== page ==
Contemporary Asymmetrical Dependencies Beyond the Pandemic: COVID-19, Migration and Global Labor


“This e-symposium (March 25-26, 2021) is being organized by the Research Group Contemporary Asymmetrical Dependencies (CAD) at the Bonn Center for Dependency and Slavery Studies, University of Bonn, Germany. Focusing on this nexus between pandemic, migrant labor and vulnerabilities, we hope that this symposium will highlight some of the major challenges that arose from the COVID-19 pandemic, and provide a direction for future research and policy engagement.

Participants will bring a diverse range of voices from all over the world to revisit the question of how precarity and the movement of labor(ing people) result in aggravating (in)visible asymmetrical dependencies in the system of coercion around the world.

What do we know about the implications of COVID-19 for migrant labor, and what are the implications of the measures taken for migrants? What can research on migration labor do for those most affected by this crisis? What does it mean to carry out research and address policies on race, labor and migration in the post-COVID world?

We call on academics of all disciplines doing research in the field of migration, COVID-19 and global labor, as well as artists or professionals from other backgrounds working on migration issues. We especially welcome all those who work on research topics like embodied dependencies, gender and intersectionality, labor and spatiality, and institutions and practices.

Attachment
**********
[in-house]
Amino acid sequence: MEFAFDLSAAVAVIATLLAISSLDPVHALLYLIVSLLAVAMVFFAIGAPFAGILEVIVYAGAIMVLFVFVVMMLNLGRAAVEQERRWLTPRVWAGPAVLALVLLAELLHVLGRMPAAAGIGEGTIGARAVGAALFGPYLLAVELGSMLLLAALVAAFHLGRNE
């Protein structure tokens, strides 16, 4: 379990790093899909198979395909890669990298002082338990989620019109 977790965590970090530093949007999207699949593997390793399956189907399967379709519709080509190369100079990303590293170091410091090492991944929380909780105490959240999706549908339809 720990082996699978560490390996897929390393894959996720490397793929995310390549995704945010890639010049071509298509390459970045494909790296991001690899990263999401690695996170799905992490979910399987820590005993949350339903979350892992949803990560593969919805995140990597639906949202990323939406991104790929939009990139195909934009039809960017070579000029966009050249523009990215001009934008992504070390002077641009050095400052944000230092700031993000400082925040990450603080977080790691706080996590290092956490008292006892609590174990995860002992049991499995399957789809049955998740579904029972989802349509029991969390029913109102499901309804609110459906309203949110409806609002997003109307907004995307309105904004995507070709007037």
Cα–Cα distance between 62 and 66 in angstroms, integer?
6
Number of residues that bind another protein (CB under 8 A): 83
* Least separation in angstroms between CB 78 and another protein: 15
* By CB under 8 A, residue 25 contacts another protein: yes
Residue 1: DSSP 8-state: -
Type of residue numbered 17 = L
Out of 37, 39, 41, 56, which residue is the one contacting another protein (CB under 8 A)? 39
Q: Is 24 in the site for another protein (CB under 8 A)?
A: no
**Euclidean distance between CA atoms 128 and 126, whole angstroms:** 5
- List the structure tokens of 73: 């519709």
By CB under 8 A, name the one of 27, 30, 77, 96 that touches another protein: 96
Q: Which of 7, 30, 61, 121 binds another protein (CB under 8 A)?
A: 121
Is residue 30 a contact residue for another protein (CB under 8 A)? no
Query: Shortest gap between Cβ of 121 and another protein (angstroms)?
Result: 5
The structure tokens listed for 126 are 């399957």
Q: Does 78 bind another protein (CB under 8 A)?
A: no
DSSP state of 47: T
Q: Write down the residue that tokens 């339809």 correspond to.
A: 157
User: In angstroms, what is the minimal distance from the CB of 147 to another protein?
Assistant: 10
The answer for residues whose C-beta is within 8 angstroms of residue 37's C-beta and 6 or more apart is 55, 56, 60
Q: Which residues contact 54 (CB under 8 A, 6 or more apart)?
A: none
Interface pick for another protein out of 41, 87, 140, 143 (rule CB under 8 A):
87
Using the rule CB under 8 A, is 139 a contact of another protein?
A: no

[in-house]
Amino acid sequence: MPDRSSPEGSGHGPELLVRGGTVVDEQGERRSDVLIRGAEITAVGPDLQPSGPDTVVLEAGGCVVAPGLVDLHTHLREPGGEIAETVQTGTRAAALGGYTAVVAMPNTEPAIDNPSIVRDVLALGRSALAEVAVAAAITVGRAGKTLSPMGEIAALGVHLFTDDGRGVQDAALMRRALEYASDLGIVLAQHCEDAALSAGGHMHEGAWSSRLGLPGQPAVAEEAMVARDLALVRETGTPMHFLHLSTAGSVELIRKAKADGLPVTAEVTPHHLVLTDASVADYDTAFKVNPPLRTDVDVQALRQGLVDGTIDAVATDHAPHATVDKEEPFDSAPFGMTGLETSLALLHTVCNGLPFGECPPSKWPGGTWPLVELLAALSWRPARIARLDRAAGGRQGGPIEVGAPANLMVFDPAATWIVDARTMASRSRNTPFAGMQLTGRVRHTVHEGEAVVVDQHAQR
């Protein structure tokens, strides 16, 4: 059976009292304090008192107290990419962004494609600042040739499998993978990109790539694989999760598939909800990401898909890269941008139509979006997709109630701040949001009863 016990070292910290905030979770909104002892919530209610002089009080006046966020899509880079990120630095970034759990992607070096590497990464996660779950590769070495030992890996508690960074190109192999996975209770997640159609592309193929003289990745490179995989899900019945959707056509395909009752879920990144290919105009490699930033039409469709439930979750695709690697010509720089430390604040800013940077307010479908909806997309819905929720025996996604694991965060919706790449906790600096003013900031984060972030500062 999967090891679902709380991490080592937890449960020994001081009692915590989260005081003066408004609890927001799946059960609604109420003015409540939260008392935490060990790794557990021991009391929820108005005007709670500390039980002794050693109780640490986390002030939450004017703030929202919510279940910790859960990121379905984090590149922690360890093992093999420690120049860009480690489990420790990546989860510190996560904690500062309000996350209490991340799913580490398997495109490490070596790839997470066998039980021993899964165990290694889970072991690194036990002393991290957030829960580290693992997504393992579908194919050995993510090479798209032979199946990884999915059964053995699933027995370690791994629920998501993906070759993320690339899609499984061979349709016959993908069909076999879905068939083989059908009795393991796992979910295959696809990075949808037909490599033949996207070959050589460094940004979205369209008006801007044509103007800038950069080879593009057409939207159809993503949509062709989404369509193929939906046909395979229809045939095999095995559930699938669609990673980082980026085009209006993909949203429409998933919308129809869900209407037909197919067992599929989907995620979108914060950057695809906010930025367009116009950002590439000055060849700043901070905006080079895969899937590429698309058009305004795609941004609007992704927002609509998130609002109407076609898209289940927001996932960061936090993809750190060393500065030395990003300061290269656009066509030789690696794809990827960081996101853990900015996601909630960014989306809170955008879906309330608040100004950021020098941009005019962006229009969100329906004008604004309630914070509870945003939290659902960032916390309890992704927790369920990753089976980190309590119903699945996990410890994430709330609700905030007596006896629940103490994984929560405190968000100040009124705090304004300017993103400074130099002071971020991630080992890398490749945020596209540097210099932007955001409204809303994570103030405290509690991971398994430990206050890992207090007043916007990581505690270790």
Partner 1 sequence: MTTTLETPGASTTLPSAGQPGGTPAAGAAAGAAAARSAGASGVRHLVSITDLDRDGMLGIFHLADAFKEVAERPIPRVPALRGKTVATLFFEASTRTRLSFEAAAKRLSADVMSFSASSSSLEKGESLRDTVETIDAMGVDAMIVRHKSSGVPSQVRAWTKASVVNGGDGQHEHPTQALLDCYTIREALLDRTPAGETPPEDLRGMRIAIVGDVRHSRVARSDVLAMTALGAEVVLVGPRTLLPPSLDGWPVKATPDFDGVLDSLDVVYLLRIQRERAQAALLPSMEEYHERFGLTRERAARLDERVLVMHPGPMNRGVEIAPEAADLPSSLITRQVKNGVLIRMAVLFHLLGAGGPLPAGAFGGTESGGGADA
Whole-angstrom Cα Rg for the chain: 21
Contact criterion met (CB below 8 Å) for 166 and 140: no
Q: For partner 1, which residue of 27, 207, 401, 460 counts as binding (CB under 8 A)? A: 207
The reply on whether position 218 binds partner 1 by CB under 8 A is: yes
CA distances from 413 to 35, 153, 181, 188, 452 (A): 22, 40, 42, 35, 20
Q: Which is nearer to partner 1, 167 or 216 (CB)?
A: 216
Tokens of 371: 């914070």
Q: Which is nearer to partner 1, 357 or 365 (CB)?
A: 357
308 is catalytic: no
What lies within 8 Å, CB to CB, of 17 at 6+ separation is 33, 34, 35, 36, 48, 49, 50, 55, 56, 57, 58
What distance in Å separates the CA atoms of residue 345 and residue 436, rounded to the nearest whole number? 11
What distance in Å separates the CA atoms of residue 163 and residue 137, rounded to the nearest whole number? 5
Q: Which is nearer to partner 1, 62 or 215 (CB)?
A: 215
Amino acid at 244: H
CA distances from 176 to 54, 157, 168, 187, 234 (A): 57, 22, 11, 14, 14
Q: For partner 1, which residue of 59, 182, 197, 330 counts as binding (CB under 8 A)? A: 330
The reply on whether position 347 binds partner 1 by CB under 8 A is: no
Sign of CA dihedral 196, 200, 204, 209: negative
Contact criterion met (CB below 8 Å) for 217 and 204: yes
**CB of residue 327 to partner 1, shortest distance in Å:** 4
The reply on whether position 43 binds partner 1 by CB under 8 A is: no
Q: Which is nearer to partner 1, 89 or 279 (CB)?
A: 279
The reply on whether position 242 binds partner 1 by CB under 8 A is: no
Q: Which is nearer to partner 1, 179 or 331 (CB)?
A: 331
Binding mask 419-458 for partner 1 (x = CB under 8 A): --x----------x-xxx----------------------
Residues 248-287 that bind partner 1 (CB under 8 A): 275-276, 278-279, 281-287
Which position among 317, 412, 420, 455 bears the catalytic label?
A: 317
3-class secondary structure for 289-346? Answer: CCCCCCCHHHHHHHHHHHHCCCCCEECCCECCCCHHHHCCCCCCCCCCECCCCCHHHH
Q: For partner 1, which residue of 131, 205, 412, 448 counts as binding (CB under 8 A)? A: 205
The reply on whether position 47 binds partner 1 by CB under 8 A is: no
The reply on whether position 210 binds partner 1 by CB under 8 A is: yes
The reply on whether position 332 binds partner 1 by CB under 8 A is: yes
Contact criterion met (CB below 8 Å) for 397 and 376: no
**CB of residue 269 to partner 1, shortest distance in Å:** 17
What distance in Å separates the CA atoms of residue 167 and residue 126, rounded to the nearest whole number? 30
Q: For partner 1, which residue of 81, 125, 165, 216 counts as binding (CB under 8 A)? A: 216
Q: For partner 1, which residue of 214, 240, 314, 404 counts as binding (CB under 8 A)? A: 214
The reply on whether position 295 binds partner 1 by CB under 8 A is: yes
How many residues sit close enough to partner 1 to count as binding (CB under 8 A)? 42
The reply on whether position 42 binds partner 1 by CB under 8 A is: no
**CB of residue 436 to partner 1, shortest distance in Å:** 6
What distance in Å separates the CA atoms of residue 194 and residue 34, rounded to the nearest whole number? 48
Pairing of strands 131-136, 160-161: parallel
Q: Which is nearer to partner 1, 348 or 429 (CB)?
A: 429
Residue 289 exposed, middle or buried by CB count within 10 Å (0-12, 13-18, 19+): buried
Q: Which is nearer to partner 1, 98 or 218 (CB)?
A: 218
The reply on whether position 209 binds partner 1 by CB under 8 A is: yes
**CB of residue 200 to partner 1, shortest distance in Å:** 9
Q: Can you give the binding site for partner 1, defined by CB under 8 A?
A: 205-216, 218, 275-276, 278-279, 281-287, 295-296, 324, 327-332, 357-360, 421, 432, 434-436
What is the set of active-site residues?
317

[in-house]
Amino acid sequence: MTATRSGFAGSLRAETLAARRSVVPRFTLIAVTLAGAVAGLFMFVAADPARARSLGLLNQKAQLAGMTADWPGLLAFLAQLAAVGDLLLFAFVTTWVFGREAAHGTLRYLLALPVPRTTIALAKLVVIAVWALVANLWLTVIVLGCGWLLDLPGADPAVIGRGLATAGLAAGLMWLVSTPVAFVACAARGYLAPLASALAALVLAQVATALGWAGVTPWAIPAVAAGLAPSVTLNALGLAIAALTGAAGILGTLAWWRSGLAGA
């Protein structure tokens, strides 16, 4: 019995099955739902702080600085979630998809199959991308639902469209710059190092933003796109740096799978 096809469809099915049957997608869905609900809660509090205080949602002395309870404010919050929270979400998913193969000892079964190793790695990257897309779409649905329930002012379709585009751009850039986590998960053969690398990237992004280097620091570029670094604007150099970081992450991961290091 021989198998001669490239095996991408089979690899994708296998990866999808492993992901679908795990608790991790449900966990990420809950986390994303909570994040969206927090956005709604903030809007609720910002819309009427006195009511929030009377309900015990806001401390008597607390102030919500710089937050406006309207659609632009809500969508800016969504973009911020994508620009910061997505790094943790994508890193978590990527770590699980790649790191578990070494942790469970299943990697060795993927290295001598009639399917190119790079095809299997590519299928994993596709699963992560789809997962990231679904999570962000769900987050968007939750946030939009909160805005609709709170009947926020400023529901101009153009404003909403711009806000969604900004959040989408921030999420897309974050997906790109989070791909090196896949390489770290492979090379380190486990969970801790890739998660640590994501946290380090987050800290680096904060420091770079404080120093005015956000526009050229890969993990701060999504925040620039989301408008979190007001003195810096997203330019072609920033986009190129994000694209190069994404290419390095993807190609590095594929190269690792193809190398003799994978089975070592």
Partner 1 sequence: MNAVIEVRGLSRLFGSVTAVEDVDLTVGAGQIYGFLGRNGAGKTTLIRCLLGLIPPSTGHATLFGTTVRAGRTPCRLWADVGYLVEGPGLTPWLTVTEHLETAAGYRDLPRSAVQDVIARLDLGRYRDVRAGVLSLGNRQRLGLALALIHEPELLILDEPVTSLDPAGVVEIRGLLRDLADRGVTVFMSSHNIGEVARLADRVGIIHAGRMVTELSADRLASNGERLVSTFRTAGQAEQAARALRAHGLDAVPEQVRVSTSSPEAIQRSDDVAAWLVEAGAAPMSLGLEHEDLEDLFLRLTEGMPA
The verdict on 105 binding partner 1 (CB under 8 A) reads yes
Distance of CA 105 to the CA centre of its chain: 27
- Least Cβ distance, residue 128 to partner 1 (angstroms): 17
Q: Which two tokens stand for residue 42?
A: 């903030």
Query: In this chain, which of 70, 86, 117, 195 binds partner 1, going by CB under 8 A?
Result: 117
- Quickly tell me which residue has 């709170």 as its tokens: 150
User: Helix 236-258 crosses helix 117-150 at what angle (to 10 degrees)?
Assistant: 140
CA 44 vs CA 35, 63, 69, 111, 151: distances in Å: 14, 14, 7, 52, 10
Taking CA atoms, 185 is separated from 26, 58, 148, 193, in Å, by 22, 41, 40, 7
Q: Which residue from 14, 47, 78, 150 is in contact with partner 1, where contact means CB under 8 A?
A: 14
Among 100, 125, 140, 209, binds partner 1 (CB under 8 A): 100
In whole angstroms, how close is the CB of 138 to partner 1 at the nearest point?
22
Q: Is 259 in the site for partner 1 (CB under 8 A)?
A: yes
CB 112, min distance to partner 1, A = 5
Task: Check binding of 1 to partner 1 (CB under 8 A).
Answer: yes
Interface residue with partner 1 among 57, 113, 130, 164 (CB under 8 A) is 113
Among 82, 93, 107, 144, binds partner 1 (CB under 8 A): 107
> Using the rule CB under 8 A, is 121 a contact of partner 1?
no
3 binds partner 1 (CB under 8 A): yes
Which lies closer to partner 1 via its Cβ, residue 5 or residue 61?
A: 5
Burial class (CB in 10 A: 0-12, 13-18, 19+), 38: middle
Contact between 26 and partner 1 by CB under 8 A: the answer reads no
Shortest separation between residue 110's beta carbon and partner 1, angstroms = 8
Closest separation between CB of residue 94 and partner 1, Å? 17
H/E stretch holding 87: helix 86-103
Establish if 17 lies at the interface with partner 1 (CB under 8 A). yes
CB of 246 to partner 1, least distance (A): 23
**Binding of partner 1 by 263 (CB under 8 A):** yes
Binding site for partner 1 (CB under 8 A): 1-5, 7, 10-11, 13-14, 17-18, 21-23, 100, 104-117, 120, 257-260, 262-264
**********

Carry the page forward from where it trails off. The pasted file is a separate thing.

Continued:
The official language for the e-symposium is English. Accepted submission formats include papers, posters, presentations, panel discussions, art pieces and (multi-) media formats.

Interested participants are invited to submit a 250-word abstract that aims to explore accounts of migrants and their labor experiences in the context of the COVID-19 pandemic and asymmetrical dependencies, along with a 150 words short bio.

Deadline for Submission of Abstracts: November 30, 2020.

The E-Symposium takes place March 25-26, 2021.

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